And there’s not much reason to believe that that’s not true.


From: Patrick Baggett <@Patrick_Baggett>
To: SDL Development List
Sent: Sunday, July 8, 2012 6:29 AM
Subject: Re: [SDL] Default struct packing alignment

On Sat, Jul 7, 2012 at 9:39 PM, R Manard wrote:

additioal info>>>>
By Katherine Noyes http://www.pcworld.com/author/Katherine-Noyes,
PCWorld http://www.pcworld.com/
Last month Microsoft caused considerable concern in the open sourcehttp://www.pcworld.com/businesscenter/article/256189/want_freedom_from_vendor_lockin_survey_says_choose_open_source.htmlcommunity when it made clear that the free, Express version of its upcoming
new Visual Studio development software would no longer offer supporthttp://www.pcworld.com/businesscenter/article/256339/microsoft_delivers_a_blow_to_open_source_with_visual_studio_11.htmlfor desktop-style applications.
and, the company suggested at the time that users of Visual Studio 11
Express would only be able to develop Metrohttp://www.pcworld.com/businesscenter/article/240163/are_mobilestyle_interfaces_leaving_desktop_power_users_behind.htmlapplications.
Last Friday, however, Microsoft did what appears to be an about-face
and announced that a new, free-of-charge ?Windows Desktop? version of the
software–which has since been renamed Visual Studio Express 2012–will
support desktop-style applications after all.

and so once again microsoft tries to destroy open source and
bid to control all programs on all platforms >BEWARE<

Whoa, turn down the crazy. Nobody expects free and open source from
Microsoft. Yes, they have an agenda but they also have thousands of
employees’ paychecks to pay. If they want to charge for a product they
made, then so be it. As long as people buy it, then it flies. There are
plenty of alternatives available, from OSes to programming languages to
applications. What a wonderful world we live in. Enjoy it!

Patrick


SDL mailing list
SDL at lists.libsdl.org
http://lists.libsdl.org/listinfo.cgi/sdl-libsdl.org


SDL mailing list
SDL at lists.libsdl.org
http://lists.libsdl.org/listinfo.cgi/sdl-libsdl.org


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SDL mailing list
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SDL mailing list
SDL at lists.libsdl.org
http://lists.libsdl.org/listinfo.cgi/sdl-libsdl.org

Hi,

very interested in your OpenGL 3.2 contexts patch, and happy to test it out
:slight_smile:

cheers,On Fri, Jul 6, 2012 at 3:36 AM, Sam Lantinga wrote:

The best way is to create a bug in bugzilla (http://bugzilla.libsdl.org)
and then send a message to the mailing list so people can check it out.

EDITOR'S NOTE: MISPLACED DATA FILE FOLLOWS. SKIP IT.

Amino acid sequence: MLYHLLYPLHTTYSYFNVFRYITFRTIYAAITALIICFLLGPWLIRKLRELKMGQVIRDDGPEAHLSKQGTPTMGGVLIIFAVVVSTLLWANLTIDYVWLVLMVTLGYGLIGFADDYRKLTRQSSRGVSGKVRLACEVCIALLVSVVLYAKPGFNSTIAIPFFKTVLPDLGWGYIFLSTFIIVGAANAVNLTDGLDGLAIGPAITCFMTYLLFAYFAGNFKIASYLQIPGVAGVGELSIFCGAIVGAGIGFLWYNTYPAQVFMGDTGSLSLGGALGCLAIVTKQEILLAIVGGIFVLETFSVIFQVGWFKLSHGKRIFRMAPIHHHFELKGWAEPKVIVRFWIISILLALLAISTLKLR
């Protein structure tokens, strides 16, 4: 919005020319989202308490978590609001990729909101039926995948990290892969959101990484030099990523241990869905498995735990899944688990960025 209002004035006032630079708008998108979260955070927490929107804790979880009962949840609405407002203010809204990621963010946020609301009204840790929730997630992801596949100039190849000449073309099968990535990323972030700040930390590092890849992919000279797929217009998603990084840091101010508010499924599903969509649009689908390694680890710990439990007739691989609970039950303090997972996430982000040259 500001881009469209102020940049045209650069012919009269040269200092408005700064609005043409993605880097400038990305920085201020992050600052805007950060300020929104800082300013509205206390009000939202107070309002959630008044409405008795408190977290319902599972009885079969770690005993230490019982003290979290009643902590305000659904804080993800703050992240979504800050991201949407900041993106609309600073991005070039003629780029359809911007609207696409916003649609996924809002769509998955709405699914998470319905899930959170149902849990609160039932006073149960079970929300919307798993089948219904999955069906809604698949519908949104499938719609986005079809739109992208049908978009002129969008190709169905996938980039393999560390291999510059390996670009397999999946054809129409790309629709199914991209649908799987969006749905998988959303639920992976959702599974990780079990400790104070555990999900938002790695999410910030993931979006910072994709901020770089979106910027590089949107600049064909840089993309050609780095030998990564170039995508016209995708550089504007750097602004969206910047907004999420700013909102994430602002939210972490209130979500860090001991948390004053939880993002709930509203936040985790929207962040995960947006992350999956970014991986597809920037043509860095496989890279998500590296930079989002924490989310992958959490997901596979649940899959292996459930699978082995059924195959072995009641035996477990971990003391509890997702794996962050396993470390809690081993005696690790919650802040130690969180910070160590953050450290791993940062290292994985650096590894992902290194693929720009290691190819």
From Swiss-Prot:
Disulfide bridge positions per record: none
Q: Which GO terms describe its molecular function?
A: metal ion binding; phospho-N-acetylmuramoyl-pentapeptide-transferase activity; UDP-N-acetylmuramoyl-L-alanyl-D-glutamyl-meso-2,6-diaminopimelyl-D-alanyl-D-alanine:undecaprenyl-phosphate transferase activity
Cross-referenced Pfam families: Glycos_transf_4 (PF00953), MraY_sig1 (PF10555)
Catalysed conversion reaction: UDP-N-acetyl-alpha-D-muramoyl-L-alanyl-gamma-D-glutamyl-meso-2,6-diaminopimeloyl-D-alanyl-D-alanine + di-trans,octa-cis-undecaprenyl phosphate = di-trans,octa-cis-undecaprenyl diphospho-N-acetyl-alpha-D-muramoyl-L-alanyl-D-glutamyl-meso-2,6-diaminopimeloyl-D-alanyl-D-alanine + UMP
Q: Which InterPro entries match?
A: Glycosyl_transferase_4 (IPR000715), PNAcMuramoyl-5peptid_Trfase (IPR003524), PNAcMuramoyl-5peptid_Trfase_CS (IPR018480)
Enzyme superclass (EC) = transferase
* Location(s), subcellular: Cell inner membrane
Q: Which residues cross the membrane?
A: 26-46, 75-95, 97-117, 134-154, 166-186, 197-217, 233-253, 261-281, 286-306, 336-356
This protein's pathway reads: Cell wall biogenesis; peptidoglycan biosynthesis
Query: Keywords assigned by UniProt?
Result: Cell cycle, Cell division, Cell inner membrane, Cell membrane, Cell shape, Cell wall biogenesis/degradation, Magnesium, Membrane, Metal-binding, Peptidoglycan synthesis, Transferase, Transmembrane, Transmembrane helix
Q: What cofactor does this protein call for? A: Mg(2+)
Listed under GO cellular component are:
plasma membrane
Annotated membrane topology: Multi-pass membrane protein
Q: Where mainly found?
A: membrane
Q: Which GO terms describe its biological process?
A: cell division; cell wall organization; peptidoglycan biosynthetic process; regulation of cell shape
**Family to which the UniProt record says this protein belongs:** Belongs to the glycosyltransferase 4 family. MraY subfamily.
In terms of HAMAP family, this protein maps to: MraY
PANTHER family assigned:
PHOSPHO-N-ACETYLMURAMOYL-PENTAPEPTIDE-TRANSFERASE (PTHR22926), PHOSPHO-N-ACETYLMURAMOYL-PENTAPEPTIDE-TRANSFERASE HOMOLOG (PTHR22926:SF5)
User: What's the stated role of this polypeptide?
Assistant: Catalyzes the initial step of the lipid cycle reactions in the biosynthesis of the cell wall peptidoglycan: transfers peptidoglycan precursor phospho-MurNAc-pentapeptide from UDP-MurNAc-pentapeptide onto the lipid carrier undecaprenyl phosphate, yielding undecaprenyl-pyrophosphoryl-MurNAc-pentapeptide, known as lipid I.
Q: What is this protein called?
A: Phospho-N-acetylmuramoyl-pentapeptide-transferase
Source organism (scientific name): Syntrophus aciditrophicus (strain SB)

Keeping it in bugzilla means that when Ryan or I do a pass on bugs we’ll
see it, and a note to the mailing list gets other eyes on it for feedback.

Cheers!

On Thu, Jul 5, 2012 at 1:27 PM, Samuel Payson wrote:

Hello Denizens of the SDL Mailing List!

My name is Sam Payson, and I’ve got a patch that allows the creation of
OpenGL 3.2 contexts under OS X. How should I go about getting this
reviewed/sent upstream? Please inform me if I’m posting this in the wrong
place.

Sincerely,
Sam


SDL mailing list
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It’s hard to be misinformed yet you are. The author did not seem to
understand what the ms dev thing was, being that it was presented as if it
were a platform. It was confused with an os. The article was on the topic
of the post being that it was aboout the thing then autor believed there
should be an effort to be in full comptability with. No hijack or troll. It
was an attemt to let him know what was being said on his topic. I gave what
was clearly stated as an opinion at the end. If you don’t agree that’s
fine. I will not apologize for having an opinion or having stated it. Again
and again I have stated that If you have something to add on the topic
please bring it forward. Shame on you for complaining about all of this but
simply continueing the flame with no topic input. Let’s put this behind us.

I want to talk about ms metro dev and sdl. I don’t think sdl should care
about it since it’s not a platform. Do you have anything to say about
that? I haven’t seen anything that says there is an sdl bug on this topic
or that this said bug is resolved. If there is someone please forward or
direct me.

I understand how a guy could think the ms dev thing is an os because it
looks like they promote it with language that insinuates it is so (in my
opinion).On Tue, Jul 10, 2012 at 8:25 AM, Patrick Baggett <baggett.patrick at gmail.com>wrote:

It’s hard to be misinformed…I think the mailing list history speaks for
itself. The second post by you is a clipped article (not about structure
packing) with the following interpretation at the bottom: “and so once
again microsoft tries to destroy open source and bid to control all
programs on all platforms >BEWARE<”.

This was not about structure packing or anything technical at all, but
instead a quick blurb to support a personal opinion, and on an issue that
has no doubt started many such debates on mailing lists past. Your warning
I interpreted as irrational ranting in a public forum, and it just goes
downhill from there. I’m just much an offender of netiquette for
responding. Mistakes were made, threads were derailed. I apologize for
offending you, R. Manard. I meant to say that I disagree with your
conclusion above. It’s not always easy to see everyone’s intentions when
they write. I hope you can re-read your emails later when the issue isn’t
so close and see where people are coming from when they say things like
"hijacking a thread" and “seems trollish”, even if you disagree with them.

As for the structure packing issue [RESOLVED:NOTABUG]. Yay!

Patrick